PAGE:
Florida could lose between $130 million and $550 million from the federal government, depending on the scale of the under-count of Latinos in the upcoming census; those numbers were calculated in a new study by the group Child Trends.
WMNF interviewed Lina Guzman, the director of Child Trend’s Hispanic Institute.
“We’re estimating that Florida is at risk of losing over a hundred million to a half billion dollars in state and federal funding for programs for children and families as a result of an under-count of Hispanics in the 2020 census. There’s over 300 Federal programs that rely on head counts of census.
“But five programs in particular rely directly on the head count of census numbers to determine funding at the state level. And those are: Medicaid for children, the health insurance program for children known as S-CHIP. Also, foster care, adoption, and Child Care and Development Block Grants (CCDBG). Those are all services that are directed at children and families.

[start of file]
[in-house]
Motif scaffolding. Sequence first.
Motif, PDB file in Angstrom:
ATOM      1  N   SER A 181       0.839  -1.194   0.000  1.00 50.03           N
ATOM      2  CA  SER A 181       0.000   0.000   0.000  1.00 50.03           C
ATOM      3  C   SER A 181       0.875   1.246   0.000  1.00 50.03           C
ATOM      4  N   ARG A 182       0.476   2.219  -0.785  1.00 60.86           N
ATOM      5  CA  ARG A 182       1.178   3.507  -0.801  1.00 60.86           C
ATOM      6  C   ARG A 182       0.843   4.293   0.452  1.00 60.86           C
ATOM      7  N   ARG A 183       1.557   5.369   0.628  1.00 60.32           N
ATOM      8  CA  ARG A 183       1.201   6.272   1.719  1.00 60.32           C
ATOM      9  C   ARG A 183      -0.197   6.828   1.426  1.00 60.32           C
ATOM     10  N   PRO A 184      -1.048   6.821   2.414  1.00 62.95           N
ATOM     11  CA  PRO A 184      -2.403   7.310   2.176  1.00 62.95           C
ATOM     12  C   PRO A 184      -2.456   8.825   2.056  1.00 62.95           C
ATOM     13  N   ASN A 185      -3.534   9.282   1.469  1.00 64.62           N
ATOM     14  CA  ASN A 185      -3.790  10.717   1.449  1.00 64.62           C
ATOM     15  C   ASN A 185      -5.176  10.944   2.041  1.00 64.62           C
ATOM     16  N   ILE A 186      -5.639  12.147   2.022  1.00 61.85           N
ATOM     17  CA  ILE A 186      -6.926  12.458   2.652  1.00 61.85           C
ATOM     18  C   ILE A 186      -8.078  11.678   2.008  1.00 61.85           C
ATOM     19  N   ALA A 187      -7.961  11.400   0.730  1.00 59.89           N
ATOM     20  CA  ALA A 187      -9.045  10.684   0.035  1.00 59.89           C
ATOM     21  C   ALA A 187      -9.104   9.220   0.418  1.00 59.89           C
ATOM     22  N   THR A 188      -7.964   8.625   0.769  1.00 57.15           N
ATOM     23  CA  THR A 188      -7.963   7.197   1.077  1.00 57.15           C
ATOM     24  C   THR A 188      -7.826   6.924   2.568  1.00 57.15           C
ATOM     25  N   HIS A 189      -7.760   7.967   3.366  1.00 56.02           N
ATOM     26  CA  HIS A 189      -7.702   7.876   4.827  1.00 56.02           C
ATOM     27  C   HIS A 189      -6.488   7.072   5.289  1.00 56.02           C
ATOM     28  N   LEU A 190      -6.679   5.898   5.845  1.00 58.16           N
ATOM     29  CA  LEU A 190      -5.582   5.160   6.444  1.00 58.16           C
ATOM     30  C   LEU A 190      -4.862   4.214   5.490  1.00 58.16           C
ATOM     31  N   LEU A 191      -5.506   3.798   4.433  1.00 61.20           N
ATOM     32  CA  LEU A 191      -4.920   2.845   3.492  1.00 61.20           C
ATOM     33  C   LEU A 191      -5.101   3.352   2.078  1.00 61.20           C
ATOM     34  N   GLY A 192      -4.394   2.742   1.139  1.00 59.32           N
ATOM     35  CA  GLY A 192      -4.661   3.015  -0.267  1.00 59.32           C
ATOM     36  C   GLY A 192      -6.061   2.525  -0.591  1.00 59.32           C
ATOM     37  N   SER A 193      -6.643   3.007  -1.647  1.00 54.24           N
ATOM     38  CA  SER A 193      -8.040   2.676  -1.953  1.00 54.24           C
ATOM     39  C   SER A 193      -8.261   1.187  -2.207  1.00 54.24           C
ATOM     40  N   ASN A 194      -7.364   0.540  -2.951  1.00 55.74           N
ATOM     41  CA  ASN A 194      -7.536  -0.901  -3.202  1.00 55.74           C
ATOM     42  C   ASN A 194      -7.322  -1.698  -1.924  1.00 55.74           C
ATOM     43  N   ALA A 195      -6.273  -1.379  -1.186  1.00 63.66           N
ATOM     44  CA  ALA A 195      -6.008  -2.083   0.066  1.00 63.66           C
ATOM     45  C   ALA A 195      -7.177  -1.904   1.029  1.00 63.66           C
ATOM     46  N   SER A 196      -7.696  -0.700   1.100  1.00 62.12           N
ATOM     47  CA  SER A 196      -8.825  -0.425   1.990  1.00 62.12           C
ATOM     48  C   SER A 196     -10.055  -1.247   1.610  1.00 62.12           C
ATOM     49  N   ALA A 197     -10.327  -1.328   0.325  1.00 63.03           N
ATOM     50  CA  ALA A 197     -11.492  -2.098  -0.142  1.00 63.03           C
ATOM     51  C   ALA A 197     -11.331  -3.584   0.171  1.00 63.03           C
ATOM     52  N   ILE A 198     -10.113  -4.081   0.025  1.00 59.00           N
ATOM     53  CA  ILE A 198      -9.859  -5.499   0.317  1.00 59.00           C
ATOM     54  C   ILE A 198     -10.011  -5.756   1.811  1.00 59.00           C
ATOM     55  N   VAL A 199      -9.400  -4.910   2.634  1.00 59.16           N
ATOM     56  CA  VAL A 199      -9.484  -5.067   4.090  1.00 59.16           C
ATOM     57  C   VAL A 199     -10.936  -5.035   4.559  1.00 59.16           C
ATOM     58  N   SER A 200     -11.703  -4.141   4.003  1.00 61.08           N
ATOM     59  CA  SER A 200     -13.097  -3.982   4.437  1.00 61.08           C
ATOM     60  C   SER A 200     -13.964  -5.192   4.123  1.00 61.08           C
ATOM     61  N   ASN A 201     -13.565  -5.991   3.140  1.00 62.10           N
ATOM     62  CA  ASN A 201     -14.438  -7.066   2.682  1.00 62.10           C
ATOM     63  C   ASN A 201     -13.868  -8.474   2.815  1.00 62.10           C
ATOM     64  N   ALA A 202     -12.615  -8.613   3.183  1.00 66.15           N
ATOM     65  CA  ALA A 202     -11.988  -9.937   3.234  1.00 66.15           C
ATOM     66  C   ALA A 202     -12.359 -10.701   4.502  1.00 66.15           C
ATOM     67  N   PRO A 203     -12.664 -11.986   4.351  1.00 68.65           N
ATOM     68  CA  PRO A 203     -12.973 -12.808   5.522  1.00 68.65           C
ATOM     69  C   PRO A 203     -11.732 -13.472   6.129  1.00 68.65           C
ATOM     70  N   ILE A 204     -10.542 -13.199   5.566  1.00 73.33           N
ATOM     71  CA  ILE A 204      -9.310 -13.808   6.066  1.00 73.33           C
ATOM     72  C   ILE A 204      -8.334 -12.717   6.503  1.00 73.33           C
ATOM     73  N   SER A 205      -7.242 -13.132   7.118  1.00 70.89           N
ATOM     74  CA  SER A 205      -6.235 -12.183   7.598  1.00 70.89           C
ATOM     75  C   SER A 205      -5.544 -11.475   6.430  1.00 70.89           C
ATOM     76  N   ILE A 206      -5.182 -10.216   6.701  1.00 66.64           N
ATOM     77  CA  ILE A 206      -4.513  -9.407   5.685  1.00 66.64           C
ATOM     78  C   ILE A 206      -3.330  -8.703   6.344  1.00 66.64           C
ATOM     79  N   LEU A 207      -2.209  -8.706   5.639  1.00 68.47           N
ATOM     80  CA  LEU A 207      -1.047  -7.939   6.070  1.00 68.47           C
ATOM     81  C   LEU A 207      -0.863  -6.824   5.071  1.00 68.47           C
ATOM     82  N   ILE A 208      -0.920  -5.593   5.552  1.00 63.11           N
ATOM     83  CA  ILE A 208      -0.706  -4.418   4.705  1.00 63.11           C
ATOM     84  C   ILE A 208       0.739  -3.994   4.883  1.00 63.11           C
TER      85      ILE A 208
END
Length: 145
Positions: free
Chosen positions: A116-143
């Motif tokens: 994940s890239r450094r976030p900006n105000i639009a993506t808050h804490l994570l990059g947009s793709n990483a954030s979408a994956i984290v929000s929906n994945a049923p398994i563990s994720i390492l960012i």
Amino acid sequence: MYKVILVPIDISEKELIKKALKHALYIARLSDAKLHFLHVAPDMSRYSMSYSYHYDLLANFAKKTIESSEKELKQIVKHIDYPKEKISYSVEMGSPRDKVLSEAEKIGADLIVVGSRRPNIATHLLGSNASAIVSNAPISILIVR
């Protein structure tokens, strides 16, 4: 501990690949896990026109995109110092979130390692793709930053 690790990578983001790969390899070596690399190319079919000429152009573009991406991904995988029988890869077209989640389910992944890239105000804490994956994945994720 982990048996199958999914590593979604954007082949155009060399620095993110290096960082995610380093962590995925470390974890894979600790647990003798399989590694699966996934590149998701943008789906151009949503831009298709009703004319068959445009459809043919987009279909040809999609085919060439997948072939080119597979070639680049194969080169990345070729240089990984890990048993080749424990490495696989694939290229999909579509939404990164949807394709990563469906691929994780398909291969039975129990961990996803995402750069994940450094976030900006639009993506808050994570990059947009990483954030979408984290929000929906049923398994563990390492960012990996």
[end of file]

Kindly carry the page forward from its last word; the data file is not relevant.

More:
“And,what we did was: we looked at the best available data on the estimates for what the Hispanic under-count would in the 2020 census and we adjust that for state levels. Then we apply that to some formulas that are available, to estimate for the individual state-level loss in federal funding for these five programs.”
SK: And Florida ended up being the state that would lose the most after Texas.
SK: One of the main reasons that Florida’s expected losses would be so high is because the state has not chosen to expand Medicaid under Obamacare.
“That’s right. Some states that did not expand during the Medicaid eligibility under the Affordable Care Act are the states that are standing the most to lose. So, for example, Texas, Florida, Georgia, North Carolina are some of the states that will experience some of the greatest reductions in Federal funding, because of the under-count of Hispanics in 2020.
“But there are also some states that expanded Medicaid, such as Illinois and New Mexico, who are also vulnerable to these losses.”
SK: People might be familiar with the idea of a potential under-count of Latinos and Hispanics on the census because of the citizenship question. But your group essentially is saying that even if the citizenship question is not on the census, still the conversation might result in an under-count.
“That’s right. Just because the citizenship question has gone away, and is no longer to be included in the 2020 census, the damage may have already been done.”
Listen to the full interview here: